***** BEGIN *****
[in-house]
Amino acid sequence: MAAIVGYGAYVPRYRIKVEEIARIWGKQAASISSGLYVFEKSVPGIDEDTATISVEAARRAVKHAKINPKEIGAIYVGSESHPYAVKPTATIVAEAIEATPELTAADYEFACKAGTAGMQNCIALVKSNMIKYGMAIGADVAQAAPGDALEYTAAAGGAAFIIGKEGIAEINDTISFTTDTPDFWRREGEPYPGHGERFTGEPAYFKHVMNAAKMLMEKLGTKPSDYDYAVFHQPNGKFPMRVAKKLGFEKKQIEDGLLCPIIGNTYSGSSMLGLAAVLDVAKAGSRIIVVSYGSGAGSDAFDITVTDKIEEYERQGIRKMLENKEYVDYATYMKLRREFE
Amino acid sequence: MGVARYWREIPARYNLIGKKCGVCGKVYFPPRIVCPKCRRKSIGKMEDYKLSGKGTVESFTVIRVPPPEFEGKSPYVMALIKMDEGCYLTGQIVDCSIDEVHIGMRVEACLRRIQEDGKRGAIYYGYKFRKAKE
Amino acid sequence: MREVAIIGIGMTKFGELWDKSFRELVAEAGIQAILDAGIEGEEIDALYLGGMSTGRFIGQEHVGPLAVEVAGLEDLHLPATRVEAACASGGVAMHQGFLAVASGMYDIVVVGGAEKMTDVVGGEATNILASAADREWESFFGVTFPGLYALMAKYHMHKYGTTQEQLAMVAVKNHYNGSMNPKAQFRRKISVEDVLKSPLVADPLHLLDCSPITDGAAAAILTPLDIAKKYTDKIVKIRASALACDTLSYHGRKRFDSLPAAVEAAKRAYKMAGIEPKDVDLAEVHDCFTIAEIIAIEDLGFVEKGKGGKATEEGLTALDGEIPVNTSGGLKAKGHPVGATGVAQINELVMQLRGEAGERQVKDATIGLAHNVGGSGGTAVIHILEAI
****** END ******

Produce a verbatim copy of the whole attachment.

[in-house]
Amino acid sequence: MAAIVGYGAYVPRYRIKVEEIARIWGKQAASISSGLYVFEKSVPGIDEDTATISVEAARRAVKHAKINPKEIGAIYVGSESHPYAVKPTATIVAEAIEATPELTAADYEFACKAGTAGMQNCIALVKSNMIKYGMAIGADVAQAAPGDALEYTAAAGGAAFIIGKEGIAEINDTISFTTDTPDFWRREGEPYPGHGERFTGEPAYFKHVMNAAKMLMEKLGTKPSDYDYAVFHQPNGKFPMRVAKKLGFEKKQIEDGLLCPIIGNTYSGSSMLGLAAVLDVAKAGSRIIVVSYGSGAGSDAFDITVTDKIEEYERQGIRKMLENKEYVDYATYMKLRREFE
Amino acid sequence: MGVARYWREIPARYNLIGKKCGVCGKVYFPPRIVCPKCRRKSIGKMEDYKLSGKGTVESFTVIRVPPPEFEGKSPYVMALIKMDEGCYLTGQIVDCSIDEVHIGMRVEACLRRIQEDGKRGAIYYGYKFRKAKE
Amino acid sequence: MREVAIIGIGMTKFGELWDKSFRELVAEAGIQAILDAGIEGEEIDALYLGGMSTGRFIGQEHVGPLAVEVAGLEDLHLPATRVEAACASGGVAMHQGFLAVASGMYDIVVVGGAEKMTDVVGGEATNILASAADREWESFFGVTFPGLYALMAKYHMHKYGTTQEQLAMVAVKNHYNGSMNPKAQFRRKISVEDVLKSPLVADPLHLLDCSPITDGAAAAILTPLDIAKKYTDKIVKIRASALACDTLSYHGRKRFDSLPAAVEAAKRAYKMAGIEPKDVDLAEVHDCFTIAEIIAIEDLGFVEKGKGGKATEEGLTALDGEIPVNTSGGLKAKGHPVGATGVAQINELVMQLRGEAGERQVKDATIGLAHNVGGSGGTAVIHILEAI